Question 16 has five answer choices, labeled A through E.  Select the best one of the answer choices given.

  Question 16

  It is given that Data Sets S and R are as follows:

  Data set  S:  28, 23, 30, 25, 27

  Data set R:   22, 19, 15, 17, 20

  The median of data set S is how much greater than the median of data set R ?

  A.    8

  B.  10

  C.  12

  D.  13

  E.  15

  Select and indicate the best one of the answer choices given.

  Questions 17 through 21 refer to the following graph.

  Refer to the figure supplement

  The graph shown is a bar graph.  The title of the graph is CORPORATE SUPPORT FOR THE ARTS BY SECTOR IN 1988 AND 1991.  Under the title are two statements: "Total for 1988 is six-hundred-thirty million dollars" and "Total for 1991 is five-hundred-twenty million dollars."

  There are six sectors listed along the horizontal axis of the graph. Horizontal gridlines are drawn at zero percent, 10 percent, 20 percent, 30 percent, and 40 percent.

  The bars in the graph are as follows:

  Financial Insurance, Real Estate sector in 1988, 5%; Financial Insurance, Real Estate sector in 1991, 26%.

  Services sector in 1988, 17%; Services Sector in 1991, 22%.

  Manufacturing sector in 1988, 31%; Manufacturing sector in 1991, 20%.

  Retail sector in 1988, 19%; Retail sector in 1991, 8%.

  Wholesale sector in 1988, 8%; Wholesale sector in 1991, 6%.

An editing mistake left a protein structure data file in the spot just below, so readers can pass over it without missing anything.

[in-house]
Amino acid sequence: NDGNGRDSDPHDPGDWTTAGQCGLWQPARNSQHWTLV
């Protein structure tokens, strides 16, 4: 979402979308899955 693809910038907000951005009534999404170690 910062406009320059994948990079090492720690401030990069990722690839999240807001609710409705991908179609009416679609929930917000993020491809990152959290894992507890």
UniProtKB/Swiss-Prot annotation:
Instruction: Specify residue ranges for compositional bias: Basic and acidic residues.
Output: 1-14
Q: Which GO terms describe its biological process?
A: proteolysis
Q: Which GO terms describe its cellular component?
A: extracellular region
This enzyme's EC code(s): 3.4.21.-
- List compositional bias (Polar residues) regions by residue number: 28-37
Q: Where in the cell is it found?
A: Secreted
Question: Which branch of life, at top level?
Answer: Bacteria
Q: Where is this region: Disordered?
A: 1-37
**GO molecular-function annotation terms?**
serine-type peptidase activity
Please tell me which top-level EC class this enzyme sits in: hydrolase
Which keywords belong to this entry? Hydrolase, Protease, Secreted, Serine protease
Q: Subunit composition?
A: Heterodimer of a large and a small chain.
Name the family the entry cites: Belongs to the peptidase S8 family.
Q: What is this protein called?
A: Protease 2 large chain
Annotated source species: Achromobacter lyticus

Other sector in 1988, 20%; Other Sector in 1991, 18%.

  Questions 17 through 21 each have five answer choices, labeled A through E.  Select the best one of the answer choices given.

  Question 17

  The two corporate sectors that increased their support for the arts from 1988 to 1991

  made a total contribution in 1991 of approximately how many million dollars?

  A.  One hundred twelve

  B.  One hundred twenty five

  C.  Two hundred

  D.  Two hundred fifty

  E.  Three hundred fifteen

  Select and indicate the best one of the answer choices given. To review the graph description, search backwards for the phrase "refer to the figure supplement."

  Question 18

  How many of the six corporate sectors listed each contributed more than 60 million dollars

  to the arts in both 1988 and 1991 ?

  A.  One

  B.  Two

  C.  Three

  D.  Four

  E.  Five

  Select and indicate the best one of the answer choices given.

  Question 19

  Approximately how many million dollars more did the wholesale sector contribute to

  the arts in 1988 than in 1991 ?

  A. ten point four

  B. twelve point six

  C. fourteen point zero

  D. sixteen point five

  E. nineteen point two

  Select and indicate the best one of the answer choices given.

  Question 20

  From 1988 to 1991, which corporate sector decreased its support for the arts by the greatest dollar amount?